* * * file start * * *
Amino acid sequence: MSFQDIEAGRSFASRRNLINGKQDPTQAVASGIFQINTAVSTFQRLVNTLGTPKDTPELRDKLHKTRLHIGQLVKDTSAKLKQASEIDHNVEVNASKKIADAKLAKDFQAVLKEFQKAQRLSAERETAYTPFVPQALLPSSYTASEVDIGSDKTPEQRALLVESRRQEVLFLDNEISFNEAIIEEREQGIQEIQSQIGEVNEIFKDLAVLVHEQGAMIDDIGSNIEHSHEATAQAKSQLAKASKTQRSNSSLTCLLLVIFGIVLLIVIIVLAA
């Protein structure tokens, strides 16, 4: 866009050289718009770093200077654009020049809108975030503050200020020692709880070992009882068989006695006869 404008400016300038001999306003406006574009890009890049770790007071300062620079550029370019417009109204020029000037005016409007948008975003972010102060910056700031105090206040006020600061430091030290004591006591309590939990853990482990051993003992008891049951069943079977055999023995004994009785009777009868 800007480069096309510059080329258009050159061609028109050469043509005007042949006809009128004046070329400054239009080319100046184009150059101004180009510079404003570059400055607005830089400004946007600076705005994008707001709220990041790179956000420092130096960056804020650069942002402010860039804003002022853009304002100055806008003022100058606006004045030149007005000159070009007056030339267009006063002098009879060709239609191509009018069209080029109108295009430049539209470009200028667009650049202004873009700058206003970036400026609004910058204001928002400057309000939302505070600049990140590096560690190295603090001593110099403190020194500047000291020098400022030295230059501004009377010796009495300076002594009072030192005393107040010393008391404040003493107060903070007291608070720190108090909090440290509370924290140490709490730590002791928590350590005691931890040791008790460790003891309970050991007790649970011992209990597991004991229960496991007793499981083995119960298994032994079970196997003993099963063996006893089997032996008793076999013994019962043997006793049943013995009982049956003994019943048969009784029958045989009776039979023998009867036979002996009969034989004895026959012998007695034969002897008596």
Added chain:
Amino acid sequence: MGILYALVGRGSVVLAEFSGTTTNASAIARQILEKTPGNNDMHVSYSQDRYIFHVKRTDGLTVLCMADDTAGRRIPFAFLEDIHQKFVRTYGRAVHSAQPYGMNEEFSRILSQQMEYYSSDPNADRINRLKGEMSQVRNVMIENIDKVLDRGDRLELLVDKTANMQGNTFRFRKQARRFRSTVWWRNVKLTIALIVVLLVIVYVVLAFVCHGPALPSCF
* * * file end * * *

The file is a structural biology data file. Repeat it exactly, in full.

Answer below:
Amino acid sequence: MSFQDIEAGRSFASRRNLINGKQDPTQAVASGIFQINTAVSTFQRLVNTLGTPKDTPELRDKLHKTRLHIGQLVKDTSAKLKQASEIDHNVEVNASKKIADAKLAKDFQAVLKEFQKAQRLSAERETAYTPFVPQALLPSSYTASEVDIGSDKTPEQRALLVESRRQEVLFLDNEISFNEAIIEEREQGIQEIQSQIGEVNEIFKDLAVLVHEQGAMIDDIGSNIEHSHEATAQAKSQLAKASKTQRSNSSLTCLLLVIFGIVLLIVIIVLAA
């Protein structure tokens, strides 16, 4: 866009050289718009770093200077654009020049809108975030503050200020020692709880070992009882068989006695006869 404008400016300038001999306003406006574009890009890049770790007071300062620079550029370019417009109204020029000037005016409007948008975003972010102060910056700031105090206040006020600061430091030290004591006591309590939990853990482990051993003992008891049951069943079977055999023995004994009785009777009868 800007480069096309510059080329258009050159061609028109050469043509005007042949006809009128004046070329400054239009080319100046184009150059101004180009510079404003570059400055607005830089400004946007600076705005994008707001709220990041790179956000420092130096960056804020650069942002402010860039804003002022853009304002100055806008003022100058606006004045030149007005000159070009007056030339267009006063002098009879060709239609191509009018069209080029109108295009430049539209470009200028667009650049202004873009700058206003970036400026609004910058204001928002400057309000939302505070600049990140590096560690190295603090001593110099403190020194500047000291020098400022030295230059501004009377010796009495300076002594009072030192005393107040010393008391404040003493107060903070007291608070720190108090909090440290509370924290140490709490730590002791928590350590005691931890040791008790460790003891309970050991007790649970011992209990597991004991229960496991007793499981083995119960298994032994079970196997003993099963063996006893089997032996008793076999013994019962043997006793049943013995009982049956003994019943048969009784029958045989009776039979023998009867036979002996009969034989004895026959012998007695034969002897008596």
Added chain:
Amino acid sequence: MGILYALVGRGSVVLAEFSGTTTNASAIARQILEKTPGNNDMHVSYSQDRYIFHVKRTDGLTVLCMADDTAGRRIPFAFLEDIHQKFVRTYGRAVHSAQPYGMNEEFSRILSQQMEYYSSDPNADRINRLKGEMSQVRNVMIENIDKVLDRGDRLELLVDKTANMQGNTFRFRKQARRFRSTVWWRNVKLTIALIVVLLVIVYVVLAFVCHGPALPSCF